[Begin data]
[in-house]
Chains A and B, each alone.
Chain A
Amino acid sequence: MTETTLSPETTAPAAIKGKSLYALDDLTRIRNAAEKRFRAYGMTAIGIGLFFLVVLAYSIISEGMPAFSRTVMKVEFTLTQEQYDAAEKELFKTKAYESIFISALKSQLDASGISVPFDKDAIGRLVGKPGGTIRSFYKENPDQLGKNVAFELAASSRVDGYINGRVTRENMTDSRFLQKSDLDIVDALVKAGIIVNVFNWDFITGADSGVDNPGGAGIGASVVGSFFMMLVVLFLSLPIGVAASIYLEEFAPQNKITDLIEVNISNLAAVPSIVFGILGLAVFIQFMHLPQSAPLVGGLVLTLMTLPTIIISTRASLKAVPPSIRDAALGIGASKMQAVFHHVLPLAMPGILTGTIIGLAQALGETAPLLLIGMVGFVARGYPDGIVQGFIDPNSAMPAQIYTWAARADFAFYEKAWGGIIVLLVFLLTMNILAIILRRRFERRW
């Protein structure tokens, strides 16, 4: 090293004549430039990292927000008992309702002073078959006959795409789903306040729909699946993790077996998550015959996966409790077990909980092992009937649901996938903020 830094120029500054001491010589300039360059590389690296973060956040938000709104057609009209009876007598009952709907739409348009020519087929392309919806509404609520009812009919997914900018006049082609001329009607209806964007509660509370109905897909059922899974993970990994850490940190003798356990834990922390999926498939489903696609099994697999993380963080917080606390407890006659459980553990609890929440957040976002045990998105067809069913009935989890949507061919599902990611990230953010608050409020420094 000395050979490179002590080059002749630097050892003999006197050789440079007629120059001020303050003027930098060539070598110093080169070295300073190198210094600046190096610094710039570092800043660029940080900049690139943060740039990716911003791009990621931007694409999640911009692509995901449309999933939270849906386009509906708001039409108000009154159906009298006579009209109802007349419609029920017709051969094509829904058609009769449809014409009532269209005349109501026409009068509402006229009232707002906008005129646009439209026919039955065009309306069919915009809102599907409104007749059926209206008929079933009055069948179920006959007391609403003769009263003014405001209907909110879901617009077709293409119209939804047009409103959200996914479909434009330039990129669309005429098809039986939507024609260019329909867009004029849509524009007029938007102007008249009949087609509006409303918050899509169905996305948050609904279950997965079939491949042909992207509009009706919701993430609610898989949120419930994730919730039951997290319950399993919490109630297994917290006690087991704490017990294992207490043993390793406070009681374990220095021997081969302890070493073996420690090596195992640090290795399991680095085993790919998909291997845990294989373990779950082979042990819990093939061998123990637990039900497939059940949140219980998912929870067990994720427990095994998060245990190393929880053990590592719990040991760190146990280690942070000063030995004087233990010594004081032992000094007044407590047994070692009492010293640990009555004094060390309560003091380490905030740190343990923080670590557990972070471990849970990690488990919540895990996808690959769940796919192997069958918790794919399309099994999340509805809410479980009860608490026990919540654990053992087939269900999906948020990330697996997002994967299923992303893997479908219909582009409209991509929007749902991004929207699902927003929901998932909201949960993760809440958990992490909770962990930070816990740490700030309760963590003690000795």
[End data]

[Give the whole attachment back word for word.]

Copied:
[in-house]
Chains A and B, each alone.
Chain A
Amino acid sequence: MTETTLSPETTAPAAIKGKSLYALDDLTRIRNAAEKRFRAYGMTAIGIGLFFLVVLAYSIISEGMPAFSRTVMKVEFTLTQEQYDAAEKELFKTKAYESIFISALKSQLDASGISVPFDKDAIGRLVGKPGGTIRSFYKENPDQLGKNVAFELAASSRVDGYINGRVTRENMTDSRFLQKSDLDIVDALVKAGIIVNVFNWDFITGADSGVDNPGGAGIGASVVGSFFMMLVVLFLSLPIGVAASIYLEEFAPQNKITDLIEVNISNLAAVPSIVFGILGLAVFIQFMHLPQSAPLVGGLVLTLMTLPTIIISTRASLKAVPPSIRDAALGIGASKMQAVFHHVLPLAMPGILTGTIIGLAQALGETAPLLLIGMVGFVARGYPDGIVQGFIDPNSAMPAQIYTWAARADFAFYEKAWGGIIVLLVFLLTMNILAIILRRRFERRW
């Protein structure tokens, strides 16, 4: 090293004549430039990292927000008992309702002073078959006959795409789903306040729909699946993790077996998550015959996966409790077990909980092992009937649901996938903020 830094120029500054001491010589300039360059590389690296973060956040938000709104057609009209009876007598009952709907739409348009020519087929392309919806509404609520009812009919997914900018006049082609001329009607209806964007509660509370109905897909059922899974993970990994850490940190003798356990834990922390999926498939489903696609099994697999993380963080917080606390407890006659459980553990609890929440957040976002045990998105067809069913009935989890949507061919599902990611990230953010608050409020420094 000395050979490179002590080059002749630097050892003999006197050789440079007629120059001020303050003027930098060539070598110093080169070295300073190198210094600046190096610094710039570092800043660029940080900049690139943060740039990716911003791009990621931007694409999640911009692509995901449309999933939270849906386009509906708001039409108000009154159906009298006579009209109802007349419609029920017709051969094509829904058609009769449809014409009532269209005349109501026409009068509402006229009232707002906008005129646009439209026919039955065009309306069919915009809102599907409104007749059926209206008929079933009055069948179920006959007391609403003769009263003014405001209907909110879901617009077709293409119209939804047009409103959200996914479909434009330039990129669309005429098809039986939507024609260019329909867009004029849509524009007029938007102007008249009949087609509006409303918050899509169905996305948050609904279950997965079939491949042909992207509009009706919701993430609610898989949120419930994730919730039951997290319950399993919490109630297994917290006690087991704490017990294992207490043993390793406070009681374990220095021997081969302890070493073996420690090596195992640090290795399991680095085993790919998909291997845990294989373990779950082979042990819990093939061998123990637990039900497939059940949140219980998912929870067990994720427990095994998060245990190393929880053990590592719990040991760190146990280690942070000063030995004087233990010594004081032992000094007044407590047994070692009492010293640990009555004094060390309560003091380490905030740190343990923080670590557990972070471990849970990690488990919540895990996808690959769940796919192997069958918790794919399309099994999340509805809410479980009860608490026990919540654990053992087939269900999906948020990330697996997002994967299923992303893997479908219909582009409209991509929007749902991004929207699902927003929901998932909201949960993760809440958990992490909770962990930070816990740490700030309760963590003690000795």